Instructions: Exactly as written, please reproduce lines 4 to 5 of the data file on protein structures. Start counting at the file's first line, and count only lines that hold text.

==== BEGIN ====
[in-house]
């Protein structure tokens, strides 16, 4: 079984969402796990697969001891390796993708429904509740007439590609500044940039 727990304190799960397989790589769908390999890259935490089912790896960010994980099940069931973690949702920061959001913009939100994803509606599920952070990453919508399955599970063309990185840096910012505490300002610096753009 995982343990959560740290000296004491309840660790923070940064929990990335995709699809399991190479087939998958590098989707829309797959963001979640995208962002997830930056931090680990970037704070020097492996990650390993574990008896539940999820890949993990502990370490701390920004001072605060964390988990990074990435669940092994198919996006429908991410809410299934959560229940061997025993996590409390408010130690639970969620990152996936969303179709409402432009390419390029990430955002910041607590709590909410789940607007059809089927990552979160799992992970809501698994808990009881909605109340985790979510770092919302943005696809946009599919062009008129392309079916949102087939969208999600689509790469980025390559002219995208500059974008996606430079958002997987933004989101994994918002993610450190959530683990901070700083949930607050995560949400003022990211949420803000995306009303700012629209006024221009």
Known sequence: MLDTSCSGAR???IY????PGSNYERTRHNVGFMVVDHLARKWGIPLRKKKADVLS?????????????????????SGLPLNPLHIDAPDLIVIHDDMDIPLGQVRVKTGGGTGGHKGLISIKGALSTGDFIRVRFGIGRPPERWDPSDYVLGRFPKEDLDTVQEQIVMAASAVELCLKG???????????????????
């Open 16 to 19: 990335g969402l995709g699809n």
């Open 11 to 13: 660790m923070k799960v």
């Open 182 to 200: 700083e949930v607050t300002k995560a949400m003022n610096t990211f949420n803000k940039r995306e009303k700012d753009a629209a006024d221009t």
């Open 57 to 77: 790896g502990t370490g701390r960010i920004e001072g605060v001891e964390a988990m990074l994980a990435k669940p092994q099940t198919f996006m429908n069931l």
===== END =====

């Open 16 to 19: 990335g969402l995709g699809n």
């Open 11 to 13: 660790m923070k799960v």